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continued | anchoring educational progress

Recently, William J. Bennett, Secretary of Educa- future all are problems that need to be addressed. It will tion under President Ronald Reagan, articulated the direct take a collaborative approach to improve Rhode Island’s correlation between receiving a strong education and the educational issues and put the state on track for long-term eradication of poverty. Education still stands as the primary economic growth. However, improving teacher quality cansource of social mobility for every individual living in the not be phased out of the equation. The teachers who signed U.S., Bennett said. He alluded the petition to “slow RIDE to English philosopher Eddown” all play a crucial role in Rhode Island’s evaluation system is mund Burke, who referred to educating Rhode Island’s chilboth unique and controversial because communities that encourage indren. However, they must unit evaluates teachers based on student tellectual growth and character derstand that empirically suplearning objectives set by teachers and the ported instructional techniques development as “little platoons,” school administration. all of which serve as sources of will improve both their abilities upward mobility for society. as educators and the education The responsibility of every state is to educate its they offer their students. Rather than slow down, Rhode Ischildren to the best of its ability. Rhode Island is no excep- land must speed up, and work its way closer to making subtion. As shown in the Pearson study, issues of family en- stantial improvements in helping its students achieve the gagement, the culture of learning, and educating for the American Dream.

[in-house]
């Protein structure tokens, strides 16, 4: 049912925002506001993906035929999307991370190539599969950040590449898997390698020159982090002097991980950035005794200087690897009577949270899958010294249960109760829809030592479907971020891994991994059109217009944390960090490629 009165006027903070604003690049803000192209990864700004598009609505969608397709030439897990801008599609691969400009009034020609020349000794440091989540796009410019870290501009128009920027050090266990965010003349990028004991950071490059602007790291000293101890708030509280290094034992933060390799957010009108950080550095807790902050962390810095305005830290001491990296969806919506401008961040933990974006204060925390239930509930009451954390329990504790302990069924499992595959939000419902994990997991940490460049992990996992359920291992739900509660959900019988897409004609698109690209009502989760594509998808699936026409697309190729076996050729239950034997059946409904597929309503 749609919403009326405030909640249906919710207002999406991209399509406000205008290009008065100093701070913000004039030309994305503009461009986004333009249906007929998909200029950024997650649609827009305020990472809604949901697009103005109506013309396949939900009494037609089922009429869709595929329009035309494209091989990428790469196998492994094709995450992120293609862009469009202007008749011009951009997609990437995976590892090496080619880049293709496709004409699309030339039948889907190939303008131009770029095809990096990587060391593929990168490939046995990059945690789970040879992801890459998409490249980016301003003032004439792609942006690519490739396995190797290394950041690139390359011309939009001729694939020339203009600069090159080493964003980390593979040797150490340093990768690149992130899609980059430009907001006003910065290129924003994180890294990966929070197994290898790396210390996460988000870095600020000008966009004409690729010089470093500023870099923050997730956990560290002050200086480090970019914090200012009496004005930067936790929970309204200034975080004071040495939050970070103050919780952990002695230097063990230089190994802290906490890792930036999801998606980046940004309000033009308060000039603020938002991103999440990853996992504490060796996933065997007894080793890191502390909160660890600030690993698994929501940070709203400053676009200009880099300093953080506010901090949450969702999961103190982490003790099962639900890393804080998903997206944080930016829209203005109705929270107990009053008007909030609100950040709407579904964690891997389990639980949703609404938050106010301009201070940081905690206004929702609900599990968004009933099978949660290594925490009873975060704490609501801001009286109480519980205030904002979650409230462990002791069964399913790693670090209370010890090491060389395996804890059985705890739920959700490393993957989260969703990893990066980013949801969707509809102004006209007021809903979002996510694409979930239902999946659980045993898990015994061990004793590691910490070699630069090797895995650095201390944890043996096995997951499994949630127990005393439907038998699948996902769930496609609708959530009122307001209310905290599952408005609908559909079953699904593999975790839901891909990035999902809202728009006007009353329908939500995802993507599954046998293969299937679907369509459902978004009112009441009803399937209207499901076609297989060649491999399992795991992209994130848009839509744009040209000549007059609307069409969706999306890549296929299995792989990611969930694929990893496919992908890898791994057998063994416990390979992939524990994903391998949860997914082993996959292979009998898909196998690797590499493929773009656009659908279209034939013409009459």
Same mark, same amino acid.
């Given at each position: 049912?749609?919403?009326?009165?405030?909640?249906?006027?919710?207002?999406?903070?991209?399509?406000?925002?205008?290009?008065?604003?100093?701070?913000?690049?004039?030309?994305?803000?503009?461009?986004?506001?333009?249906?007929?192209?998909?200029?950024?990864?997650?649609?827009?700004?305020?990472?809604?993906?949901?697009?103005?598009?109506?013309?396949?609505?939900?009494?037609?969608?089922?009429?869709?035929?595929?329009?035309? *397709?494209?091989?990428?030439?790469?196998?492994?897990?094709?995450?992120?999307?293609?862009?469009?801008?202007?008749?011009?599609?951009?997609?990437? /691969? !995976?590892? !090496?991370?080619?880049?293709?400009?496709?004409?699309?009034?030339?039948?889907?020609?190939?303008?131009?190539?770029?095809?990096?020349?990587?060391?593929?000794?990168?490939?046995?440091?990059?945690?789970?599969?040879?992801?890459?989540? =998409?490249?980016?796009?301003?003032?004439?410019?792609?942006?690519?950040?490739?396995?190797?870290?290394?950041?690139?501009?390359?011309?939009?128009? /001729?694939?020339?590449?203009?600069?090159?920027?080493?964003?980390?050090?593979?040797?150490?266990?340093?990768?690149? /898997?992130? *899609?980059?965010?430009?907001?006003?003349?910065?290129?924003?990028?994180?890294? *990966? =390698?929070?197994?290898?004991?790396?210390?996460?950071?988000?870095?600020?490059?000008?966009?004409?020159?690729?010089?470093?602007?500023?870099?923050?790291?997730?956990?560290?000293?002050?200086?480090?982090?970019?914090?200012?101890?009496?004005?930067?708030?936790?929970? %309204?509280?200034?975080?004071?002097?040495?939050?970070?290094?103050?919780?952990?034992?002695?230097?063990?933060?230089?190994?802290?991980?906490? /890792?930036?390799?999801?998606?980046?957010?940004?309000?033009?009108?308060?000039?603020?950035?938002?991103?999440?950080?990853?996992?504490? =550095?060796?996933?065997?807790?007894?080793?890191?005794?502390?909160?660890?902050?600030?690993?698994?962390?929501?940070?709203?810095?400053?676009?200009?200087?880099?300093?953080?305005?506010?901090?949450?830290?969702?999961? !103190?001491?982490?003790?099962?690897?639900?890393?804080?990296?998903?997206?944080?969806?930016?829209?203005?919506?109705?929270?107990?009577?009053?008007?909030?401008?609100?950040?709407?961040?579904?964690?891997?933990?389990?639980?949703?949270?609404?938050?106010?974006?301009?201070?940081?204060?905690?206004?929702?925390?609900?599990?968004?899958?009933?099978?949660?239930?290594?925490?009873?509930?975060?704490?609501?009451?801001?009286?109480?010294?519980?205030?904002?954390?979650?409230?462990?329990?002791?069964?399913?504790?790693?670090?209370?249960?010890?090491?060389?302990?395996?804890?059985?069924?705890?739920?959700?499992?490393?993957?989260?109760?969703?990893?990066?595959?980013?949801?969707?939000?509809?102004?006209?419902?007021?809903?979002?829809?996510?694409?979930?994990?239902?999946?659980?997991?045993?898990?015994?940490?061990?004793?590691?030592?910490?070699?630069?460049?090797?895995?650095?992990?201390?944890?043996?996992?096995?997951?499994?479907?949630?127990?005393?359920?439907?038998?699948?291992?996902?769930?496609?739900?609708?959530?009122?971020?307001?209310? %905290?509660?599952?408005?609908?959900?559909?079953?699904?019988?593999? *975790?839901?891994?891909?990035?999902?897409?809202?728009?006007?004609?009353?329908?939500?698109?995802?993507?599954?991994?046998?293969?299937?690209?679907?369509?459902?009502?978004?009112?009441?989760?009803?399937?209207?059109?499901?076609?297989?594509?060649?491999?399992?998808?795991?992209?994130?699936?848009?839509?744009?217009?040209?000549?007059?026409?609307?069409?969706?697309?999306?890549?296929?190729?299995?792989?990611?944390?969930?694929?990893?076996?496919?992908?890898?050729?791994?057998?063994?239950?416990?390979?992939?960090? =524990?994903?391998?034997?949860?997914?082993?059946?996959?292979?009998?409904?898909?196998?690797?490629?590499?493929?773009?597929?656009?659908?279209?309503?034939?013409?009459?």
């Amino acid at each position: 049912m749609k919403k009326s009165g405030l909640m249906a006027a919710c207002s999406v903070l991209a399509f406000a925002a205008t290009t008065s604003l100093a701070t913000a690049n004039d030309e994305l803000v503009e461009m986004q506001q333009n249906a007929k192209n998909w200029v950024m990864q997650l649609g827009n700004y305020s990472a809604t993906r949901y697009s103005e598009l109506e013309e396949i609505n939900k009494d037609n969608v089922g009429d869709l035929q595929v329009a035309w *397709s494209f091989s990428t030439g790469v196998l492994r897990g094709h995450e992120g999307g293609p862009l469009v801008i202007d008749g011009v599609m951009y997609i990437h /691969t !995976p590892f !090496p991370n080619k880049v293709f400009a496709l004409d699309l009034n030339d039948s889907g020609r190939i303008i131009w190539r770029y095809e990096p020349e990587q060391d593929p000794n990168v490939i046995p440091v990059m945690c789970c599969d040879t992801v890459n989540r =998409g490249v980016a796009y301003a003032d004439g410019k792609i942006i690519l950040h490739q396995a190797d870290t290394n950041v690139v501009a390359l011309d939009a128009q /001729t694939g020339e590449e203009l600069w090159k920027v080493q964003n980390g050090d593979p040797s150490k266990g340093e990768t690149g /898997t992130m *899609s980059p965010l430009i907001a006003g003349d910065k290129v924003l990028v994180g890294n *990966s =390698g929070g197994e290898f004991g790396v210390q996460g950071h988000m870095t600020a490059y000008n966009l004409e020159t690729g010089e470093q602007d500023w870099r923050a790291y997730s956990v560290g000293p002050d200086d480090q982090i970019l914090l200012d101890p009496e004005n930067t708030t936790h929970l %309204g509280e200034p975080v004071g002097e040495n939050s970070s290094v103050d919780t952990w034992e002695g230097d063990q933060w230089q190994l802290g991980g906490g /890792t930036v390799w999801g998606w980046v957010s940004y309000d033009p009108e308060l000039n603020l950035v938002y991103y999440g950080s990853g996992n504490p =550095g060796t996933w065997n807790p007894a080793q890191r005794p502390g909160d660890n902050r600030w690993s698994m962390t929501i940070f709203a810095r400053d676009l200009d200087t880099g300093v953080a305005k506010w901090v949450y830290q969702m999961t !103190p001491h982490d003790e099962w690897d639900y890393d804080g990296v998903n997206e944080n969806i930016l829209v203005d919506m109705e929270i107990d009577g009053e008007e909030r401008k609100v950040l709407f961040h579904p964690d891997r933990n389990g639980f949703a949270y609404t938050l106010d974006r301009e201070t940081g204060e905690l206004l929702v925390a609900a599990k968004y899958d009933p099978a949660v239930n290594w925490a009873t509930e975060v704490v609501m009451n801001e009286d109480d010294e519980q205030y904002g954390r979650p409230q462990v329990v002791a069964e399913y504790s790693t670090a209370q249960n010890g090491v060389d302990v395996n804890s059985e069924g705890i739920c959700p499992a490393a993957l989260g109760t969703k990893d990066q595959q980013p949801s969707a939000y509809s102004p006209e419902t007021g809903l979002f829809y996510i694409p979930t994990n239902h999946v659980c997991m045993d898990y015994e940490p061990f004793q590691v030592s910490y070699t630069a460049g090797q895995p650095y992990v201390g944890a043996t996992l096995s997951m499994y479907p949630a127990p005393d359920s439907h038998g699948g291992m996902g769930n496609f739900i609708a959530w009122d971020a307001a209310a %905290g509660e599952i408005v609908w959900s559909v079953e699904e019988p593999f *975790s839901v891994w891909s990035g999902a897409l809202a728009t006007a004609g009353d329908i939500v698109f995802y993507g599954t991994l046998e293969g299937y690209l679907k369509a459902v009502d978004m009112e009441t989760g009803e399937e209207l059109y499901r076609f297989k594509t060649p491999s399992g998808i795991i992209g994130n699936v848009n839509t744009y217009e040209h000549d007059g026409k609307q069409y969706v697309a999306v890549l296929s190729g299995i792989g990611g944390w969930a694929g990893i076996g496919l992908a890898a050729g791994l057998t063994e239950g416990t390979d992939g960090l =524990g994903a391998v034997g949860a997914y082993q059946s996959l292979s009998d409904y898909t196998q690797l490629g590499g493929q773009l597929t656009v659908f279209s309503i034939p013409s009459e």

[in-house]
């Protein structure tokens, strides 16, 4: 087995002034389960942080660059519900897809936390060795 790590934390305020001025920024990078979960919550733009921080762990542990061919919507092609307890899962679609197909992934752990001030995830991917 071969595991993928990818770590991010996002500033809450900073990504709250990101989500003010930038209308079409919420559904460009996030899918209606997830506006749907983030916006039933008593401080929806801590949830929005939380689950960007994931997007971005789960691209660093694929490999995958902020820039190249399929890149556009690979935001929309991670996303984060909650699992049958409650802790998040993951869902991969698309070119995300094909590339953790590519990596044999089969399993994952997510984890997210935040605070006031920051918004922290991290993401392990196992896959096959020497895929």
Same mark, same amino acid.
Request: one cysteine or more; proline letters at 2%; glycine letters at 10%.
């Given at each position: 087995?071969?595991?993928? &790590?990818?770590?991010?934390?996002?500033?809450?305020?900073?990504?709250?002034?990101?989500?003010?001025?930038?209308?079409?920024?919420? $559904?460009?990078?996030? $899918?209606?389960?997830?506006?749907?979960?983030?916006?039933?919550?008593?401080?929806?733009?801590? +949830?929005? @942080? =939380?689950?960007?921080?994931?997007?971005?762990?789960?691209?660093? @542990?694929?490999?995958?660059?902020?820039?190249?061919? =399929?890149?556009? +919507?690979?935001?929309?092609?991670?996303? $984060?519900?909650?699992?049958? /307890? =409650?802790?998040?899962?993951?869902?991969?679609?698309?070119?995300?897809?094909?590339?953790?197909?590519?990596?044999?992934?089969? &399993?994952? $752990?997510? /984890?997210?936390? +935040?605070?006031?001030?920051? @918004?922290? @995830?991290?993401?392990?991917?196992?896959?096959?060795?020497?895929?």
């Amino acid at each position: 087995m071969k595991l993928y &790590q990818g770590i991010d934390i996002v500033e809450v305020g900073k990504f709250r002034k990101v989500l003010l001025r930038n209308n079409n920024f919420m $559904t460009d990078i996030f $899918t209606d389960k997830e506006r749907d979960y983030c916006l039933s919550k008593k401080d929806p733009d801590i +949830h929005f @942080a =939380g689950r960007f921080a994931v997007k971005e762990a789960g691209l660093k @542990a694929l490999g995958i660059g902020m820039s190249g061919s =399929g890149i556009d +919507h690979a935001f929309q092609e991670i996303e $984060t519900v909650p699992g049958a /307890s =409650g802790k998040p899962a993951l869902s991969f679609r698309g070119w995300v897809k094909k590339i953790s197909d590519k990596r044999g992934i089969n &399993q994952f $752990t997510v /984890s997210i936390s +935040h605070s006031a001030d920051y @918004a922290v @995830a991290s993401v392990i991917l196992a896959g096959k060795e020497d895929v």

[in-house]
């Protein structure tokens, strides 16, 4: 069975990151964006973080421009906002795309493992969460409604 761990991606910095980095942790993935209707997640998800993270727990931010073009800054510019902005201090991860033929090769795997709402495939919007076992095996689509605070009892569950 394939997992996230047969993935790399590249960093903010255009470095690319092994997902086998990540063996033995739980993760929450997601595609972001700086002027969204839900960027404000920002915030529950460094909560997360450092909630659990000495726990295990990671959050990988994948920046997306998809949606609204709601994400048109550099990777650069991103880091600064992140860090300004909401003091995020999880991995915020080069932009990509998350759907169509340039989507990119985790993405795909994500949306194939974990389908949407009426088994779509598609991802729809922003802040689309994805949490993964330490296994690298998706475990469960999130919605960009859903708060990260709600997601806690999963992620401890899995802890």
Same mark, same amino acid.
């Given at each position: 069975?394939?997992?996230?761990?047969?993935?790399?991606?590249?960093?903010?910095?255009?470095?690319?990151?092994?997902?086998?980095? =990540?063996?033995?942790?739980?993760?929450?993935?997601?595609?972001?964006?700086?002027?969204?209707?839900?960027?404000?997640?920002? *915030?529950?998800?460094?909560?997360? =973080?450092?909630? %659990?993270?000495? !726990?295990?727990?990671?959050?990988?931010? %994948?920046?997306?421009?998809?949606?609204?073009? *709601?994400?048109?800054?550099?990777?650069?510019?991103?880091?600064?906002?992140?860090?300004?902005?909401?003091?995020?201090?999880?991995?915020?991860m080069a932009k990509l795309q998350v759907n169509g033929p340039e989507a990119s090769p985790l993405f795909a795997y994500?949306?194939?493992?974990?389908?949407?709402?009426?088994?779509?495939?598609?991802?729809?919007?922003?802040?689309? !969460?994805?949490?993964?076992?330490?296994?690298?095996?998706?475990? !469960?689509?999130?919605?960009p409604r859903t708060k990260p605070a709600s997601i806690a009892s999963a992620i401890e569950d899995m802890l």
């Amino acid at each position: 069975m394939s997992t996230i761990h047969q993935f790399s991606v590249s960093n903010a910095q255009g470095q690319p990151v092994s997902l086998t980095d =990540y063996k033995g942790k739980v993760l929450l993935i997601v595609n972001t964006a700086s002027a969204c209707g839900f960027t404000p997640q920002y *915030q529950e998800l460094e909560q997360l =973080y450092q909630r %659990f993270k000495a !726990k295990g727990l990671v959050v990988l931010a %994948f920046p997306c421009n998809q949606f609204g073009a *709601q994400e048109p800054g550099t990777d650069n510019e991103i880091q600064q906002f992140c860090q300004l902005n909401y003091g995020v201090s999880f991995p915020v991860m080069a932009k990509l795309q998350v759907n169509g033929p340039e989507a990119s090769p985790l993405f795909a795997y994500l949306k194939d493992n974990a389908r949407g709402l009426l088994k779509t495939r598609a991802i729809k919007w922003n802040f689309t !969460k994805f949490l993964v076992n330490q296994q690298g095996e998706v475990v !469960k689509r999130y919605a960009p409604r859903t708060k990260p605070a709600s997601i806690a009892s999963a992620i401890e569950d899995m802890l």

Spectator February 2013.indd 20

2/18/13 10:13 PM

The Brown Spectator Volume X Issue II  

The Brown Spectator looks into coal divestment, voting trends of ivy-league students, reviews local restaurants, and more.

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